On Monday it was reported that MUFG is launching a stablecoin where each coin will be backed one-for-one by a Yen. However, MUFG’s Progmat Coin is a platform instead of a single bank’s coin. Unlike some U.S. initiatives that look to tokenize bank balances, Progmat Coin is taking a path similar to public stablecoins. Transfers are not mirrored by interbank payments.
Japan’s biggest bank has already developed a blockchain-based security token platform Progmat. The Progmat Coin was originally designed to enable securities settlement on Progmat, but the use cases are far broader. It also intends the stablecoin to be used on other security token networks, to settle NFT and crypto asset transactions as well as for embedded finance. Progmat Coin will be interchangeable with central bank digital currencies (CBDC) and other private digital currencies.
How it works
The system involves multiple issuers responsible for pools of money, with each looked after by a trustee. MUFG will be one of the issuers, but it intends there to be several others. Each pool of money is isolated in a trust, so if the issuer or an intermediary goes bankrupt, the funds should still be safe. As a result, all the funds are considered interchangeable. In some ways, it’s more similar to e-money.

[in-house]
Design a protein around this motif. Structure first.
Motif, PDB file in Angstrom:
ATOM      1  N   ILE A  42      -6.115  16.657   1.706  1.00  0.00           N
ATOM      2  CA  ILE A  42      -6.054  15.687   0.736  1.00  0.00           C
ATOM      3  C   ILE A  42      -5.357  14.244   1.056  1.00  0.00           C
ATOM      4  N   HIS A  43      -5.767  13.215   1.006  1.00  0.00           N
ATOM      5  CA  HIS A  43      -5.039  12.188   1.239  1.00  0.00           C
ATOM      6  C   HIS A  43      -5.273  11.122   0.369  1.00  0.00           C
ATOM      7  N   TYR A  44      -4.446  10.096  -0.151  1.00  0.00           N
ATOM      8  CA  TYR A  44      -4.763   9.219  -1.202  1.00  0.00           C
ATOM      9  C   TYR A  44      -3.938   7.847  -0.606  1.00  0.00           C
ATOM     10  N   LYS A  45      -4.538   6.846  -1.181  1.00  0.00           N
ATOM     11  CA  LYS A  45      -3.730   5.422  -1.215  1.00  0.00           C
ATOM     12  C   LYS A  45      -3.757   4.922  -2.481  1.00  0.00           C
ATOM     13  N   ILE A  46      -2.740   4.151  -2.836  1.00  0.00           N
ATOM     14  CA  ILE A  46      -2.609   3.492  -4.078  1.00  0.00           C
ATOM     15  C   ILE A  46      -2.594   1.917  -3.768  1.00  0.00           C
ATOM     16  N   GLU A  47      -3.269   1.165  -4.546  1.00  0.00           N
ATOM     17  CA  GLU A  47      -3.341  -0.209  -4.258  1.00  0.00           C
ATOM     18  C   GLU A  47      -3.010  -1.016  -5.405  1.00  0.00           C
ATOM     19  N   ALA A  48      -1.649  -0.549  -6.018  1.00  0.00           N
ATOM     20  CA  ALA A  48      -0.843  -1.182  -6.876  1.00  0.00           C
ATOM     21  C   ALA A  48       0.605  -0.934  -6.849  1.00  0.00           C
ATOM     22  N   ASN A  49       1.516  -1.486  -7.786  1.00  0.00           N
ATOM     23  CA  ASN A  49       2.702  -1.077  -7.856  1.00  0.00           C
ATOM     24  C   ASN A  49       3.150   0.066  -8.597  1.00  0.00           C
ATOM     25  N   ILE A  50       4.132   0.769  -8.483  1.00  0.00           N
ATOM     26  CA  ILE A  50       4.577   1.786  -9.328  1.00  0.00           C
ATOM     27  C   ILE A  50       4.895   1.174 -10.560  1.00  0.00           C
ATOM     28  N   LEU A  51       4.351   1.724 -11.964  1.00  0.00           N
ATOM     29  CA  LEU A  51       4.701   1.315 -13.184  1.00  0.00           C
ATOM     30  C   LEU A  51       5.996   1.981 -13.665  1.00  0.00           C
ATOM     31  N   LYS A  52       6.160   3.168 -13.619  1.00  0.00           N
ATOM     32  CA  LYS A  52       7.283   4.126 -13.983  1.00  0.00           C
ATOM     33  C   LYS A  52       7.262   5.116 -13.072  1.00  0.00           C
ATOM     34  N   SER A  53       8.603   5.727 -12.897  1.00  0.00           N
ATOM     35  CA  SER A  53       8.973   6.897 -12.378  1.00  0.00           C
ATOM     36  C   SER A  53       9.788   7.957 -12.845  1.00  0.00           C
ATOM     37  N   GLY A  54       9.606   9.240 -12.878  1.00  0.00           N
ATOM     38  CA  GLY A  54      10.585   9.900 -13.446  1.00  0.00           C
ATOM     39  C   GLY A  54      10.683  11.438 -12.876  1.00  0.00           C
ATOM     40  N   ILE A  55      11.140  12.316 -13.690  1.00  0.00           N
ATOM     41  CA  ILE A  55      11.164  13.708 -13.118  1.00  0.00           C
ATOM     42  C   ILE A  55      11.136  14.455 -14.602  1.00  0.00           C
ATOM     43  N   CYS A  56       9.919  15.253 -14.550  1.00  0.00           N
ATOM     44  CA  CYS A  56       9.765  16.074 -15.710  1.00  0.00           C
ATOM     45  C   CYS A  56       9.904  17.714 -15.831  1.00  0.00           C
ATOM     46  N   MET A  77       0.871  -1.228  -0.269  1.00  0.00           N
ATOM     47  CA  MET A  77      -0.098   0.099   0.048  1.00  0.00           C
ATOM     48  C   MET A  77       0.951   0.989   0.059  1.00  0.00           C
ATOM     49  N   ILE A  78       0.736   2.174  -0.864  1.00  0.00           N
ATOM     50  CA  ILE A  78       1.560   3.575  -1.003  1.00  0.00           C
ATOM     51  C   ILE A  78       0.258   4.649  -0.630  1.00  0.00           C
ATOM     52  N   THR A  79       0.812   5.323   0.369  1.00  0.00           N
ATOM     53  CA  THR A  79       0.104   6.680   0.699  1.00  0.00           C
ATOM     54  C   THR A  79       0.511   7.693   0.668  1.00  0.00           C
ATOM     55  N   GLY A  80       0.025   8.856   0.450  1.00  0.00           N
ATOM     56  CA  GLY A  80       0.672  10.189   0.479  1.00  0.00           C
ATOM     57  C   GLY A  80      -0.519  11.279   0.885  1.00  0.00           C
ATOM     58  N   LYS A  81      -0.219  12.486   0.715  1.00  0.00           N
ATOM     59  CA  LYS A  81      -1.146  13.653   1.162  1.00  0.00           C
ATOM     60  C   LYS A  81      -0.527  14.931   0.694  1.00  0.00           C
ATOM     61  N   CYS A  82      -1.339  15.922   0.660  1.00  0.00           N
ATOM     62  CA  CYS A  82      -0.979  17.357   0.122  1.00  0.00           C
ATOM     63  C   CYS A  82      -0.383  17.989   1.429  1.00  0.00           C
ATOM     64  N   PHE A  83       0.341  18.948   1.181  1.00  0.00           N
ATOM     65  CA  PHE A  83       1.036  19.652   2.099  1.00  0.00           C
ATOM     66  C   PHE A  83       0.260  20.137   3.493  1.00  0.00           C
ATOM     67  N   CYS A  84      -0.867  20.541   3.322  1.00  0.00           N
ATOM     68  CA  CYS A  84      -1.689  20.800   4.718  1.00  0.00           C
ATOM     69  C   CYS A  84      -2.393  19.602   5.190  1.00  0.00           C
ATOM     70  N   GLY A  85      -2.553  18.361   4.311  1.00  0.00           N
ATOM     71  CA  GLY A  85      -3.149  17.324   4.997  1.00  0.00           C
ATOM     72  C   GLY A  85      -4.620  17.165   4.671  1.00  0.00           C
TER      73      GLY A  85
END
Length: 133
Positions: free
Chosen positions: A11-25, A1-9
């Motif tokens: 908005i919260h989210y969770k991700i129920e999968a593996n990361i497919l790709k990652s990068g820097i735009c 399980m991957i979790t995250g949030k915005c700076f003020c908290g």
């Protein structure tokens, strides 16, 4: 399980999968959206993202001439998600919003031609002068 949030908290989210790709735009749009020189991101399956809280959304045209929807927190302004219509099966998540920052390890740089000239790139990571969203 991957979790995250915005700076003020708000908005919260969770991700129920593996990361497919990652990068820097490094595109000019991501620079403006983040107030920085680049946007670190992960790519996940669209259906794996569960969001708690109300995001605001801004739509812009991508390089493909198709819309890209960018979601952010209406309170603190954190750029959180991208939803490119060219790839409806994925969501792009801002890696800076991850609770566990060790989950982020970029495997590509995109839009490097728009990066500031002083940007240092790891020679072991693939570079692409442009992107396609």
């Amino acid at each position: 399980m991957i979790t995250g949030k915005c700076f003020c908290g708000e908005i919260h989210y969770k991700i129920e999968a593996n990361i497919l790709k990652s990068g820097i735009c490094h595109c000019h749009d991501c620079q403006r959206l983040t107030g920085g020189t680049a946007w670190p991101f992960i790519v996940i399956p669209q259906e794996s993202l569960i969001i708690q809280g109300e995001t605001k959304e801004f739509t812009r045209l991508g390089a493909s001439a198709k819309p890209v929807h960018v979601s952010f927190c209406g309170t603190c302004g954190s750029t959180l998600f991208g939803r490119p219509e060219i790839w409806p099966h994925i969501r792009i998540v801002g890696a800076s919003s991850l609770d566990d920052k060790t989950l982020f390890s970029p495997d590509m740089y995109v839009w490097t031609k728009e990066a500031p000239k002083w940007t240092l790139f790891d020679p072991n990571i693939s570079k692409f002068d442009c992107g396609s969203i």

Similar to public blockchain stablecoins, there is no interaction with the banking system when a payment is made. The token just passes from one user to another, and the blockchain acts as the ledger of record. If a coin holder wants to redeem some funds, then one of the issuers will pay them fiat and reduce the funds in that trust.
Compared to other bank blockchain settlement systems, one of the closest analogies is with Fnality, the settlement system owned by 15 financial institutions. However, in Fnality’s case, the plan is for banks to deposit funds in an omnibus central bank account. Whereas for Progmat Coin, we believe it’s ring-fenced commercial bank money.
Back in 2019, we reported that MUFG had created the Security Token Research Consortium (SRC). At the time, it talked about the potential for a settlement token. The Progmat Security Token platform and Progmat Coin have grown out of this initiative. But now, the organization is being renamed as the Digital Asset Co-creation Consortium (DCC).
One reason for the rebrand is expanding the scope beyond security tokens to stablecoins, NFTs, crypto assets and more. A second motivation is the term ‘Research’ is no longer considered appropriate as there’s a shift towards co-creating ecosystems.
The DCC is setting up a Funds Settlement Working Group. When it comes to the settlement of securities, MUFG describes it as a real time gross settlement (RTGS) system on Progmat. And it’s also planning a cross chain RTGS.
The consortium has expanded from 62 firms last October to 80 today. There needs to be a secondary market for the security token platform to endure. And SBI’s Osaka Digital Exchange will take on that role.
Progmat will have its own utlity token
Another interesting piece of news is that the Progmat Security Token platform plans to have a utility token. While most enterprise blockchains support tokens, they’re usually to tokenize cash and other real world assets. It’s relatively novel to use a utility token. Progmat is based on R3’s Corda enterprise blockchain.